The Gendered Landscape of Suicide
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The Gendered Landscape of Suicide

Masculinities, Emotions, and Culture

Anne Cleary

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📖 eBook - ePub

The Gendered Landscape of Suicide

Masculinities, Emotions, and Culture

Anne Cleary

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About This Book

This book is an attempt to understand suicide from the perspective of a group of men who decided to take their own lives. Their stories imply that male suicide is not, as frequently portrayed, an impulsive action arising from particular, sex-specific, causes but relates to a cluster of interlinked issues which accumulate over time. These issues were not distinctively male concerns but were connected to gender in that the men's difficulties were exacerbated by the existence of an emotional culture which inhibited males from expressing specific feelings. The prevailing form of masculinity impeded them in developing knowledge of, and speaking about, their emotional needs and from accessing help and this prolonged their suffering and made suicide a possibility. These men produced compelling accounts of their emotional pain which belied notions of male inexpressiveness but the findings point to a link between emotionally constraining cultures and suicidal behaviour for some groups of men.

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© The Author(s) 2019
Anne ClearyThe Gendered Landscape of Suicide
Begin Abstract

1. Introduction: The Gendered Landscape of Suicide

Anne Cleary1
UCD Geary Institute for Public Policy, University College Dublin, Dublin, Ireland
Anne Cleary
End Abstract

Why Study Suicide?

Suicide has been identified by the World Health Organisation (2014) as a global health problem and the fact that an estimated 800,000 people kill themselves each year receives considerable media and public attention. Yet suicide has always exerted a particular fascination for people. This might be attributed to the existential threat implied by suicide, which is effectively a public statement that life is not worth living (Baechler 1979). When a young person completes suicide this effect is probably intensified. Individual suicides are generally the focus of public attention but patterns of suicide are considered by sociologists to be indicative of societal currents or trends—a kind of barometer of wellbeing in a society. Consequently, the distribution of suicide can shed light on critical and or destabilising elements within a culture and in this way map the socioemotional landscape of a society at a particular point in time. The study of suicide therefore extends beyond the examination of a health-related issue, makes visible the ‘…circumstances of individuals caught in life’s troubles’ (Weaver 2009: 345 ) and helps to explain the relationship between the person and his/her society. This is an important objective of sociology and of this book which explores how social and emotional issues are implicated in suicidal action.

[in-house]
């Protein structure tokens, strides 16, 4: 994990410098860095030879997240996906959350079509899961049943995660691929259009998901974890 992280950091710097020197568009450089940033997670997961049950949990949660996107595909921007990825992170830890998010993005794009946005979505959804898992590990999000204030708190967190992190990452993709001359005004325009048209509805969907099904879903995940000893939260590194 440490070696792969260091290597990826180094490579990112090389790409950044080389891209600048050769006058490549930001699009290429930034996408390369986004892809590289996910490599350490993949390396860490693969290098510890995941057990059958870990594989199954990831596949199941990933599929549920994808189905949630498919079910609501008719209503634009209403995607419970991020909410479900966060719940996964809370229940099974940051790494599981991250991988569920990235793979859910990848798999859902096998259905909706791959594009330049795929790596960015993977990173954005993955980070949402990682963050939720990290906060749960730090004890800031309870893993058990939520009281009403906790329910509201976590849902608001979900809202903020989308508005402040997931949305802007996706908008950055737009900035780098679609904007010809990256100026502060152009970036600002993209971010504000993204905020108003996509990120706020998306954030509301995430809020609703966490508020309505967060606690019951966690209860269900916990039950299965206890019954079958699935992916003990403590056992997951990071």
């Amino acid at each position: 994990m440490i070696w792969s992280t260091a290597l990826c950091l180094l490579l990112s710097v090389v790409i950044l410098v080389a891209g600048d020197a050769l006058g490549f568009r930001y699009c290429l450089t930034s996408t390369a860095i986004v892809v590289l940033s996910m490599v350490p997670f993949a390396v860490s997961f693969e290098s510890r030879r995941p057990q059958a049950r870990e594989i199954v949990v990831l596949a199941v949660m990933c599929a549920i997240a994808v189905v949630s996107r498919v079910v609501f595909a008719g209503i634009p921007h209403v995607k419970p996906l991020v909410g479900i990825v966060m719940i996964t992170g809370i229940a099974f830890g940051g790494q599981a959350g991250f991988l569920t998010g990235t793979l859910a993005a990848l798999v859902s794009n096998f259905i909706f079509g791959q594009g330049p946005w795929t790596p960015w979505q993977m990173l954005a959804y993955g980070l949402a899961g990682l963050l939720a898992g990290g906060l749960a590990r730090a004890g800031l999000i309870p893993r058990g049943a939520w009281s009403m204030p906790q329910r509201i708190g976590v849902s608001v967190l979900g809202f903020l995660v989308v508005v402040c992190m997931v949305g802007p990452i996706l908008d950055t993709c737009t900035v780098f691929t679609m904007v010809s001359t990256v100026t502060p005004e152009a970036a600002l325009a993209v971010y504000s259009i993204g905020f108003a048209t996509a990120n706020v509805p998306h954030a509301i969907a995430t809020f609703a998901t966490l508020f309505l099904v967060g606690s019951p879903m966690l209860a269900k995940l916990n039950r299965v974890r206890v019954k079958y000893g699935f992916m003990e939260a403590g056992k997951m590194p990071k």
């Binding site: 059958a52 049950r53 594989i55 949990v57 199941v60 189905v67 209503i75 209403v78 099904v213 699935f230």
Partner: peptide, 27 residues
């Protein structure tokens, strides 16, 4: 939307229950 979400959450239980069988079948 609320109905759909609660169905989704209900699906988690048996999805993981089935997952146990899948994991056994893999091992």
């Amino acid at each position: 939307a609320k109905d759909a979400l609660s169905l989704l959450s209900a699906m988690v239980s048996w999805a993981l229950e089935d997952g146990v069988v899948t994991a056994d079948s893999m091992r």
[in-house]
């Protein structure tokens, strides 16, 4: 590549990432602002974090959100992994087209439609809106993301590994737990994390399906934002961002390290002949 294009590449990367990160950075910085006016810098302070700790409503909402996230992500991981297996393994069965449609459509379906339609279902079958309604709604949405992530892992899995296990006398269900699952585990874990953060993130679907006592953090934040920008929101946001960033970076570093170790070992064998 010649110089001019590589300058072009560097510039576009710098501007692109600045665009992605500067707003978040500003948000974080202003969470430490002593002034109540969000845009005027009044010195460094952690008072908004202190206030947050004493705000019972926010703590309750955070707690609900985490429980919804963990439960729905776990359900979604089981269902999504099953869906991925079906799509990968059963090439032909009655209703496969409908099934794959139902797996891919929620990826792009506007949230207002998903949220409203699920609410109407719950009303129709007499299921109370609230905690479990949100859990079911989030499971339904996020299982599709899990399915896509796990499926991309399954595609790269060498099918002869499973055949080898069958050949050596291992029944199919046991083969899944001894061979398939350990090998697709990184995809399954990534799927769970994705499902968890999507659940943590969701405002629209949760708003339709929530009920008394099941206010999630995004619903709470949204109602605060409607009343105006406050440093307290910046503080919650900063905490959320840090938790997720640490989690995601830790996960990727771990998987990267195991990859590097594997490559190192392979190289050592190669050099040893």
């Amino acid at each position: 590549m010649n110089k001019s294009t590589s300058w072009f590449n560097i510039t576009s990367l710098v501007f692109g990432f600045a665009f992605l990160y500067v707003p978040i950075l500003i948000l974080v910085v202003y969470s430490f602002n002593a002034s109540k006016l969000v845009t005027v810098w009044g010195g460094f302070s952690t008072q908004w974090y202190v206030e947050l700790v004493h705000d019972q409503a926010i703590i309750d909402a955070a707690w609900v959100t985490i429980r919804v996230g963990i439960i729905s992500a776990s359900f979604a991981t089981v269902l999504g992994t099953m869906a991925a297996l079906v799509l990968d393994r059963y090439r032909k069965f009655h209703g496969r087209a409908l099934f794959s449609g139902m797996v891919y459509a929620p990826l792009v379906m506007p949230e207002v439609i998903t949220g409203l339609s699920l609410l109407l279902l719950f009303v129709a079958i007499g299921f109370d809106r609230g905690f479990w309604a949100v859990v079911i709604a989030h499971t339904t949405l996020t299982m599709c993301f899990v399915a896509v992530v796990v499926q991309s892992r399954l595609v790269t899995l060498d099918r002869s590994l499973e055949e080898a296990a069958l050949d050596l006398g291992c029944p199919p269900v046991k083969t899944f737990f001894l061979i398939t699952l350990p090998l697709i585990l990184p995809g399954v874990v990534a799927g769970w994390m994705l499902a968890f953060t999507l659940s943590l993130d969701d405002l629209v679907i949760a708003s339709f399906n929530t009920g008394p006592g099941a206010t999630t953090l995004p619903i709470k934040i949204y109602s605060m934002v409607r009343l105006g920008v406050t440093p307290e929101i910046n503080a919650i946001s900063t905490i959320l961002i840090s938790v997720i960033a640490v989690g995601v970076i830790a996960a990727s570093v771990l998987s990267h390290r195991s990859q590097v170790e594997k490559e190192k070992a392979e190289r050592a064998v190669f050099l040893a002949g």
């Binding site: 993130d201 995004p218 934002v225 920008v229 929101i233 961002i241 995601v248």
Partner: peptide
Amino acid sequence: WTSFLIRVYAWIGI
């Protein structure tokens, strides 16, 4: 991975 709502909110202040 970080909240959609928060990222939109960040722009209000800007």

Defining Suicide

Although suicide appears to be a clear and conclusive action, defining a death as suicide is problematic and this has significant implications for research in the area. Suicide is only categorised as such when there is clear intent and this is generally only possible to confirm from written information left by the deceased and or the lethality of the method used. Notes are left by a minority of those who kill themselves (O’Donnell et al. 1993 ) and the fact that national statistics often contain an additional mortality categorisation of ‘undetermined death’ indicates the challenges of defining suicide. Cultural aspects (for example, a religious prohibition on suicide) as well as coroners’ practices also influence whether a classification of suicide will be made (Atkinson 1978). In addition, there are philosophical issues concerning the delineation of suicide, whether it is a distinct action or a behaviour, for, as Baechler (1979) noted, suicide is rarely circumscribed by the precise moment when it is accomplished.
The meaning of suicide is contested across cultures and time because suicide is a culturally constructed act performed in the context of a cultural system of meaning (Counts 1991). MacDonald and Murphy (1990) have described how every era and society has its own way of identifying and assigning meaning to deaths by suicide and over time attitudes to suicide have been influenced by shifts in religious, political and philosophical thinking. Until the 1700s suicide was considered both an immoral and a criminal act as people were viewed as the property of God and or of the state. As MacDonald and Murphy (1990) suggest, the move towards greater understanding for suicide followed a shift from a religious to a secular worldview and a change in the relationship between the individual and the state. In these circumstances, suicide could take on an entirely new perspective, for example, as an indicator of human freedom. From the nineteenth century explanations for suicide moved towards psychological and social explanations and with the rise of literacy, suicide could be an expression of one’s life and feelings (MacDonald and Murphy 1990). Suicide could also absorb a variety of meanings (both religious and secular) within a single society, as Paperno (1997) demonstrates in her study of suicide in Russia. Explanations for a reputed epidemic of suicides in nineteenth-century Russia centred on the rise of secularisation while in the twentieth century the Soviet Government cast rising rates of suicide as a residue of the old bourgeois order (ibid.: 15).